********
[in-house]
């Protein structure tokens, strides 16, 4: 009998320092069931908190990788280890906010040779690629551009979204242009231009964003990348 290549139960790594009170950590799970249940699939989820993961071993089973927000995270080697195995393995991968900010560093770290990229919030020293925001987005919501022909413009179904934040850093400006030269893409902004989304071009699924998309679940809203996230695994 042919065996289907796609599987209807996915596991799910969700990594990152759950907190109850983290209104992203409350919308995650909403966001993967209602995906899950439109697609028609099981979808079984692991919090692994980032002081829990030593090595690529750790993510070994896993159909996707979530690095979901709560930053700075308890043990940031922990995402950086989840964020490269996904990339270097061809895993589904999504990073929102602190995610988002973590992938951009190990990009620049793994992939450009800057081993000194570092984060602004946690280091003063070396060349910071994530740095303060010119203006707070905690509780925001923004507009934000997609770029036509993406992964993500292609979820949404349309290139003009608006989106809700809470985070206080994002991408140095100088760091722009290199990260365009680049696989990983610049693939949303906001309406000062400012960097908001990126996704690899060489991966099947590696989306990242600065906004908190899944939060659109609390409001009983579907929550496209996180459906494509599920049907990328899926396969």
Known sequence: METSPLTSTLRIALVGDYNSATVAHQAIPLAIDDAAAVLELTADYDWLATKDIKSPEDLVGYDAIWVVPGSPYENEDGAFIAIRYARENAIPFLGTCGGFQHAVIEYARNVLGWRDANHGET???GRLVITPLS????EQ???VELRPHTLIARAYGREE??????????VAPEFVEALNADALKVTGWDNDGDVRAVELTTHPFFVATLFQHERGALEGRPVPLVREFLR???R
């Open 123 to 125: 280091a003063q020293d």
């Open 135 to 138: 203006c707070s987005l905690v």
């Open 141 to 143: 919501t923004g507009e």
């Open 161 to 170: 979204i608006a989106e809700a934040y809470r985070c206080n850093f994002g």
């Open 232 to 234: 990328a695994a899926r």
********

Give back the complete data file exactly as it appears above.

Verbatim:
[in-house]
């Protein structure tokens, strides 16, 4: 009998320092069931908190990788280890906010040779690629551009979204242009231009964003990348 290549139960790594009170950590799970249940699939989820993961071993089973927000995270080697195995393995991968900010560093770290990229919030020293925001987005919501022909413009179904934040850093400006030269893409902004989304071009699924998309679940809203996230695994 042919065996289907796609599987209807996915596991799910969700990594990152759950907190109850983290209104992203409350919308995650909403966001993967209602995906899950439109697609028609099981979808079984692991919090692994980032002081829990030593090595690529750790993510070994896993159909996707979530690095979901709560930053700075308890043990940031922990995402950086989840964020490269996904990339270097061809895993589904999504990073929102602190995610988002973590992938951009190990990009620049793994992939450009800057081993000194570092984060602004946690280091003063070396060349910071994530740095303060010119203006707070905690509780925001923004507009934000997609770029036509993406992964993500292609979820949404349309290139003009608006989106809700809470985070206080994002991408140095100088760091722009290199990260365009680049696989990983610049693939949303906001309406000062400012960097908001990126996704690899060489991966099947590696989306990242600065906004908190899944939060659109609390409001009983579907929550496209996180459906494509599920049907990328899926396969």
Known sequence: METSPLTSTLRIALVGDYNSATVAHQAIPLAIDDAAAVLELTADYDWLATKDIKSPEDLVGYDAIWVVPGSPYENEDGAFIAIRYARENAIPFLGTCGGFQHAVIEYARNVLGWRDANHGET???GRLVITPLS????EQ???VELRPHTLIARAYGREE??????????VAPEFVEALNADALKVTGWDNDGDVRAVELTTHPFFVATLFQHERGALEGRPVPLVREFLR???R
């Open 123 to 125: 280091a003063q020293d």
């Open 135 to 138: 203006c707070s987005l905690v």
């Open 141 to 143: 919501t923004g507009e």
């Open 161 to 170: 979204i608006a989106e809700a934040y809470r985070c206080n850093f994002g």
């Open 232 to 234: 990328a695994a899926r």